From Crystal Palace to Kerala Blasters...Peter Ramage talks about move to Indian Super League
By Ben Nagle
Last Updated: 26/08/15 1:50pm
As Peter Ramage speaks about his upcoming move, you can hear the excitement in his voice. At 31 years of age, he admits it is time for a new challenge, and this is one he just couldn’t turn down.
Released by Crystal Palace after three successful years in south London, come October he will head to the Indian Super League to ply his trade for Kerala Blasters. A new league, a new opportunity, a new chapter in his life.
Co-owned by legendary batsman Sachin Tendulkar and managed by former Palace boss Peter Taylor, there will be some familiar faces present when Ramage touches down 8000 miles from home in Kochi, south-west India.
But, as he speaks to Sky Sports, the centre-back admits playing in India isn't something he had ever envisaged. In fact, it was a chance meeting between Taylor and Palace chairman Steve Parish at Julian Speroni's testimonial match that got the ball rolling.
"I came down for Jules' testimonial in May, and on the way home I got a phone call from Peter Taylor, who said he'd been at the game and spoken to the chairman," Ramage explains.
"It was just an enquiry; it wasn't something I was thinking about. It wasn't something I was given much time to think about, I had just a few days to make my mind up and weigh everything up."
Kerala wanted an answer straight away, and when Ramage dug deeper into the Indian Super League, he quickly came to realise this was an opportunity he couldn't refuse.
There are legends of the game in each of the eight teams in the league, and Kerala play in a 75,000-seater stadium, the same size as Old Trafford.
"From what I've been hearing, the league are looking to bring in established players at a crossroads in their career," he continues.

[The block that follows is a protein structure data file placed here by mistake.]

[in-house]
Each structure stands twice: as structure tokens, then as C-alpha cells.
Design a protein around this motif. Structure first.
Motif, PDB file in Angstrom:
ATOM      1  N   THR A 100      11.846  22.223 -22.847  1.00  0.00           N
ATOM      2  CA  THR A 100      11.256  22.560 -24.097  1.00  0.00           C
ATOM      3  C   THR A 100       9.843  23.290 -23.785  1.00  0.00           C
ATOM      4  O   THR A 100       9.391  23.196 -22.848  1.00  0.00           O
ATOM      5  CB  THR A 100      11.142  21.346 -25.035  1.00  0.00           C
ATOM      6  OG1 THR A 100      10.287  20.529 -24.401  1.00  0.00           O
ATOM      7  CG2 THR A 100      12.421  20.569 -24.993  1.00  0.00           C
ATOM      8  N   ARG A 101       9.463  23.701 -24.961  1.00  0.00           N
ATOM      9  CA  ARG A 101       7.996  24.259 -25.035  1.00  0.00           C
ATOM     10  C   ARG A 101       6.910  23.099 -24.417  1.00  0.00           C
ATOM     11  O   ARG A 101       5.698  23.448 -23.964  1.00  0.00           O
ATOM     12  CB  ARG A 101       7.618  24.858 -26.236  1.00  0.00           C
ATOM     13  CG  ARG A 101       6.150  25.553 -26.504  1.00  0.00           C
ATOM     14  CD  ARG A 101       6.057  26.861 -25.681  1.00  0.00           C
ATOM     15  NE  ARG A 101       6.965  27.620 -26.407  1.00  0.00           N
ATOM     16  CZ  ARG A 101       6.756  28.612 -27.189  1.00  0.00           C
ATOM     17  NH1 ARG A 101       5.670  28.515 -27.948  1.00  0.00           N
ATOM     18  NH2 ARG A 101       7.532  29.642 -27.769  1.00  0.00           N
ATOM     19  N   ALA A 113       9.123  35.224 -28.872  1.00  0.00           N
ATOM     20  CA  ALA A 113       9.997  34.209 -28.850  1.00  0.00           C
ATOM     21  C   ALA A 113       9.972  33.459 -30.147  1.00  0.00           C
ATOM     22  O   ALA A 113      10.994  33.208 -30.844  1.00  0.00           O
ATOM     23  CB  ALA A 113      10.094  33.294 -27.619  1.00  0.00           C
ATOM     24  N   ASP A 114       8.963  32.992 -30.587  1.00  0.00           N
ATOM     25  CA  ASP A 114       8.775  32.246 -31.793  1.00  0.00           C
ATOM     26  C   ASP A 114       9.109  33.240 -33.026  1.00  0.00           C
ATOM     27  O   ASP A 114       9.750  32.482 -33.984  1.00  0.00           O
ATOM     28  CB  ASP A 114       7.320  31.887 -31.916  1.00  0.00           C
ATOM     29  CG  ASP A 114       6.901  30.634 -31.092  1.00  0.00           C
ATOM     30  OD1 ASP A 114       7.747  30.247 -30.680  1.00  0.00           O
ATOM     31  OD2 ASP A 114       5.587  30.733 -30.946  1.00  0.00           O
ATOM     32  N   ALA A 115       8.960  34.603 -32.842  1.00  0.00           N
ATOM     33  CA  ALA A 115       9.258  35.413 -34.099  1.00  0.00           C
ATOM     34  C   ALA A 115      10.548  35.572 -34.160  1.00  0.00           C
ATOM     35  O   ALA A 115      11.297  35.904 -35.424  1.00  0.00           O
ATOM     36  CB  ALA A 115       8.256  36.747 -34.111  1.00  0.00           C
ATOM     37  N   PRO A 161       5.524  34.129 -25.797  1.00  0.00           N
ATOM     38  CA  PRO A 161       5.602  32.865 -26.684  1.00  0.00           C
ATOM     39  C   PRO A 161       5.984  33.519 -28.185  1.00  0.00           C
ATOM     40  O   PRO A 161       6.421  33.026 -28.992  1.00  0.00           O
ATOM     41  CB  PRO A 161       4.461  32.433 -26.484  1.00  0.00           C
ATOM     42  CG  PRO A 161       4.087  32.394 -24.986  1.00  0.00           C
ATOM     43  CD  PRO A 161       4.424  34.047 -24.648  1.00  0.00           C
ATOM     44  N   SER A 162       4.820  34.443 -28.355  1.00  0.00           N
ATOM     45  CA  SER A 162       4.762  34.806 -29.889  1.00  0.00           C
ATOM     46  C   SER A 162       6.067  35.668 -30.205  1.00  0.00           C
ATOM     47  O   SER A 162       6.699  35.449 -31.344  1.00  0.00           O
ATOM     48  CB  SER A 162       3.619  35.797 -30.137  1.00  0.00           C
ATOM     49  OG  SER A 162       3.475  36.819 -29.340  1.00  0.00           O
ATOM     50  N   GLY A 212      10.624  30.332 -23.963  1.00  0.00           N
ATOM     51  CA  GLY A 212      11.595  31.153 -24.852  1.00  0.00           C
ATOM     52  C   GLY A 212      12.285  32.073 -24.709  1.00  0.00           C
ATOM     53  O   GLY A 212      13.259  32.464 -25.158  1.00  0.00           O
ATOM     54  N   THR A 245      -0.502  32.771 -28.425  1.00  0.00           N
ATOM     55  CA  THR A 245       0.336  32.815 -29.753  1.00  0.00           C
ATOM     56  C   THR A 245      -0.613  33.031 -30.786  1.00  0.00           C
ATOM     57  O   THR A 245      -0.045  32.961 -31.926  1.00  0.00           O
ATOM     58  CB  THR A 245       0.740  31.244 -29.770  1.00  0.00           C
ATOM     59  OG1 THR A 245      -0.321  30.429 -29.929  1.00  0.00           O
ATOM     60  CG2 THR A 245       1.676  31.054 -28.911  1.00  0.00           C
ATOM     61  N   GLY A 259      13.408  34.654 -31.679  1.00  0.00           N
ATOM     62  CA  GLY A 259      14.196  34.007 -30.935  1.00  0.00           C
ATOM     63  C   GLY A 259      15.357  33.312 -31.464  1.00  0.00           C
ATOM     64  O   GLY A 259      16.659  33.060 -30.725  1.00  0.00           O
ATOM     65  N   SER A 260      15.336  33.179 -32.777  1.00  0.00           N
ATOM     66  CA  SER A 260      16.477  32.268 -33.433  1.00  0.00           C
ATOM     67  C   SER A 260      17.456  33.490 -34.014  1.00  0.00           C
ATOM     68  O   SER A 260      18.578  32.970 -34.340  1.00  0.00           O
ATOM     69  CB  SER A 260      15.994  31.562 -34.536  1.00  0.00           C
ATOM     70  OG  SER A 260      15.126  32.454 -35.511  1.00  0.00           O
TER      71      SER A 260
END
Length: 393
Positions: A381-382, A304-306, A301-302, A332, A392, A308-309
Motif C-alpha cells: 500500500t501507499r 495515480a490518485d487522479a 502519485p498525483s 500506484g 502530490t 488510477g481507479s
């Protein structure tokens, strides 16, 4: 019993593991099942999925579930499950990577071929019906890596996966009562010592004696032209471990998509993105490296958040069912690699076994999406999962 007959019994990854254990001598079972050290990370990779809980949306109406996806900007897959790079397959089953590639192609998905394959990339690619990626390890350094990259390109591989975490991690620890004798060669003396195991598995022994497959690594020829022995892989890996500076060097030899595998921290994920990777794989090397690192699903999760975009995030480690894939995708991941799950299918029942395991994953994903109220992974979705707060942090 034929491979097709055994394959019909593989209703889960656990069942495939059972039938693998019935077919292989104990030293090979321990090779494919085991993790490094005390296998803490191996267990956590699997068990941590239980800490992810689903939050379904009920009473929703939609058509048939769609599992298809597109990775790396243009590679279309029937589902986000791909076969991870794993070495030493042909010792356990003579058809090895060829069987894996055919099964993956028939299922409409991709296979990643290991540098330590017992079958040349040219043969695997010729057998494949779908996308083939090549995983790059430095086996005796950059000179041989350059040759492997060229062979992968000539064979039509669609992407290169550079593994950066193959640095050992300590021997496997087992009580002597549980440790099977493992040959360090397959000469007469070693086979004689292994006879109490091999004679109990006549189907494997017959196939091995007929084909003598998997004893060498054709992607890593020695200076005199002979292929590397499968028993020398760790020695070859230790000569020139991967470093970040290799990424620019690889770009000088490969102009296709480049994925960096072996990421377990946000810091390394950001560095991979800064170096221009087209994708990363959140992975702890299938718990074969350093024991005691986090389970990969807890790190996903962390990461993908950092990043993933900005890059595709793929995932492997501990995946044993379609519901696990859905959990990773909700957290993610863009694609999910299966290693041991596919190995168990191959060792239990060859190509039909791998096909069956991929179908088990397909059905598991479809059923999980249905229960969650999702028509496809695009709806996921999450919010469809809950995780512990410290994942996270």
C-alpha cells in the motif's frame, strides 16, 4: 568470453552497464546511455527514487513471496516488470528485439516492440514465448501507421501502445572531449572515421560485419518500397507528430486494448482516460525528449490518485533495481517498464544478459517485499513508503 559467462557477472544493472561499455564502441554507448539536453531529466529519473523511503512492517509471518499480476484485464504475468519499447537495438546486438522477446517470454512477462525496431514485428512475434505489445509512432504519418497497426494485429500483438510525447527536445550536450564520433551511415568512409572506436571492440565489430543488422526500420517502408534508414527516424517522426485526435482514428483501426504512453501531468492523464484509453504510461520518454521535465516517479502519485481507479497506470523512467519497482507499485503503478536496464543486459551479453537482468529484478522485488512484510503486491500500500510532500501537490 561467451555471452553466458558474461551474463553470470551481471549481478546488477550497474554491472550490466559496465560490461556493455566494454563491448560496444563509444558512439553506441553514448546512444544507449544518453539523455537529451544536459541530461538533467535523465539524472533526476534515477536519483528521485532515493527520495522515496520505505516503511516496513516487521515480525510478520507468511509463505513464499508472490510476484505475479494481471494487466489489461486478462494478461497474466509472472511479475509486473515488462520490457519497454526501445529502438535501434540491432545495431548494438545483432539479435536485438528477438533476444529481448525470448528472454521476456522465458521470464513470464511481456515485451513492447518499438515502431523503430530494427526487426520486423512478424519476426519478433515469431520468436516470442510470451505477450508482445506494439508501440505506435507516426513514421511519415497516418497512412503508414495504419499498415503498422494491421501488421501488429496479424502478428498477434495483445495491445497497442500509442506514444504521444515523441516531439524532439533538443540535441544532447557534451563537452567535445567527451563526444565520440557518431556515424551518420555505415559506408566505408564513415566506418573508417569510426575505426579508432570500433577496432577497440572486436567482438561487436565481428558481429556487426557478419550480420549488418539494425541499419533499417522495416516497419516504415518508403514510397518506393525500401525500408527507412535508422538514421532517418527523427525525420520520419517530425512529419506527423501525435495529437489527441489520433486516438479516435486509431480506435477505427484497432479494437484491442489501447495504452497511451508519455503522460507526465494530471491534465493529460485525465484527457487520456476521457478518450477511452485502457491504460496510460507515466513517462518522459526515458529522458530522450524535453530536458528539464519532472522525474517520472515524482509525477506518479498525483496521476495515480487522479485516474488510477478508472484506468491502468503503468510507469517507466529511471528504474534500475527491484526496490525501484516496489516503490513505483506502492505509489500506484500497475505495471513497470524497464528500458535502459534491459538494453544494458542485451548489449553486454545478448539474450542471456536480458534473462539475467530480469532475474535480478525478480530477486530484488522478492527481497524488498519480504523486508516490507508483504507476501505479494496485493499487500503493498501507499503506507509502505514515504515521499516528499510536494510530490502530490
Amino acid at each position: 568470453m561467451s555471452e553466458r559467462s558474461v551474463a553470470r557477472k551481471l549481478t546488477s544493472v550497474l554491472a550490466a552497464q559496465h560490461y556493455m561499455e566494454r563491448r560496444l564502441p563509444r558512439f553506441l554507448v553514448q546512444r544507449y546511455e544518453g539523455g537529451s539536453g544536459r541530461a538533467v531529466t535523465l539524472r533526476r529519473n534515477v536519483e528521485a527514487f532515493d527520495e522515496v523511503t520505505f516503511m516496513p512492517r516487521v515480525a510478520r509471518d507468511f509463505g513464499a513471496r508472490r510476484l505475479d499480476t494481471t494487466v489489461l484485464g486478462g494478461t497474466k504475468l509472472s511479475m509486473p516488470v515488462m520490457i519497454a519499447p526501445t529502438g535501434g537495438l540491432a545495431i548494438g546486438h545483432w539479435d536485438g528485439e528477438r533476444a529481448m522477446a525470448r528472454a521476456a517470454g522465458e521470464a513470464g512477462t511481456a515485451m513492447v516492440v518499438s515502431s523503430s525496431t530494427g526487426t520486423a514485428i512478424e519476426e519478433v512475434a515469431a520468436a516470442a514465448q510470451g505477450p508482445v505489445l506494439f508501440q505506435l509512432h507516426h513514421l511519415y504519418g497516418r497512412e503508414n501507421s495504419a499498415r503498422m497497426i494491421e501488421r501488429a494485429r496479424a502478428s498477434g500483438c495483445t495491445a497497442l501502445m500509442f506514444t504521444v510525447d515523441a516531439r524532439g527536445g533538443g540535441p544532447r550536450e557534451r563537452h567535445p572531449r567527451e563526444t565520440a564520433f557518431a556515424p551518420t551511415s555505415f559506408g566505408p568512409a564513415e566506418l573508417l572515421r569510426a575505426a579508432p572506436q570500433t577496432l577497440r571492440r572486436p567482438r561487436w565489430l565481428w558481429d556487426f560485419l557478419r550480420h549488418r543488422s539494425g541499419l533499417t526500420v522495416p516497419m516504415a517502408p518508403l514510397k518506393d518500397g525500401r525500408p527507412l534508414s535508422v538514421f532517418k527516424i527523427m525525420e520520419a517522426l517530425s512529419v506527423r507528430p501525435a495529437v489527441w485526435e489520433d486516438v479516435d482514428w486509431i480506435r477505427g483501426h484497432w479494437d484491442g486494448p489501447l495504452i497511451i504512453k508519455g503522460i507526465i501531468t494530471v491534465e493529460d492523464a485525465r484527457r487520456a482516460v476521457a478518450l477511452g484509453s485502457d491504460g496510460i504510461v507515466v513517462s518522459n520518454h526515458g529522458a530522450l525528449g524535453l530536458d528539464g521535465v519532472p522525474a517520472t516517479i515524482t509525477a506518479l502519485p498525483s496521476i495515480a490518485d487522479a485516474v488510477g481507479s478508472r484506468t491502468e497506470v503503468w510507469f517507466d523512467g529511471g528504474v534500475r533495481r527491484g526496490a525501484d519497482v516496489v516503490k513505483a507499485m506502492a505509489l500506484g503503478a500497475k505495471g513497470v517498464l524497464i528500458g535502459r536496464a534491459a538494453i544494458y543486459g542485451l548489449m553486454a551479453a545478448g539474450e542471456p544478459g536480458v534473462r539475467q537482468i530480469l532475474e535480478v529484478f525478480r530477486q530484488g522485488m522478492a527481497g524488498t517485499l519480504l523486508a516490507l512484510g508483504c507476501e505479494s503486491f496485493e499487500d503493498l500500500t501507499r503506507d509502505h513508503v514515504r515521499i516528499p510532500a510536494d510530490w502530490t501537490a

From what I've been hearing, the league are looking to bring in established players at a crossroads in their career.
"Simao, the Portuguese winger, Luisao, the Brazilian centre half – these are players coming to the ends of their careers, but still have a lot to offer.
"They're legends of the game and will still demand the same level they had a couple of years ago, so it's only going to get better and more competitive. I've always wanted to play abroad but I never thought it was going to be India."
Roberto Carlos will manage Delhi Dynamos, while also donning his boots to maraud down the left wing once more, and Nicolas Anelka will play for Mumbai City. Marco Materazzi is at Chennaiyin, and Carlos has been joined in Delhi by John Arne Riise.
The former Newcastle man admits he has spoken to good friend Andre Moritz, the former Palace midfielder who spent some time at Mumbai City last season, to get the low-down on some of the players he will meet.
"Roberto Carlos has been – and still is – one of the best left backs in the world. I was speaking to Andre, because he knows him from Brazil, and he couldn't speak highly enough of him.
"Nicolas Anelka is still fantastic and has gone for a hell of a lot of money in his time. The season before last, he was still scoring in the Premier League. To pit my wits against these kinds of players is something that I'm relishing.'
Something else the 31-year-old is relishing is stepping out in front of bumper crowds, the likes of which he has rarely seen in his career. Kerala reached the final of the competition last year, and over 60,000 passionate supporters watched the side defeat table-toppers Chennaiyin 3-0 in the first leg of the semi-final.
From growing up on Tyneside and coming through the Newcastle academy, Ramage is used to walking out at St James' Park, but since leaving seven years ago, it has been a rare occurrence to play in front of so many people.
"I can't wait," he explains. "I've had 52,000 passionate Geordies baying for blood, and walking out at Selhurst is just as intimidating. I'm pretty much used to it, but I do think it will be a different experience… it's one I'm really looking forward to."
Footballers jet across the world at different stages of their career, but Ramage is a family man who is yet to ply his trade outside of British shores. As he prepares for his first game at Kerala, his eldest daughter will begin school a 14-hour plane journey away in September.
He knows it will be tough to deal with, but after extensive conversations with his wife Tanisha, he decided it was just too good an offer to refuse.
"She understood that, she's been great and I couldn't have asked any more from her," he continues. "She's going to hold the fort while I'm away.
"The club were really good, they offered the chance for my family to come over and live with us, but it's just too far for a short space of time.
"It's going to be hard; I'm going to miss them. As my mum said to me though, servicemen go out to war and spend months on end away from home… I'm only going for a one-off four, five months, so hopefully I can get my head around that and get on with it.
"I'll be packing the kids' factor 50 and all sorts. My skin ain't built for that kind of weather… but I can't wait. I'm fit as a fiddle and ready to go."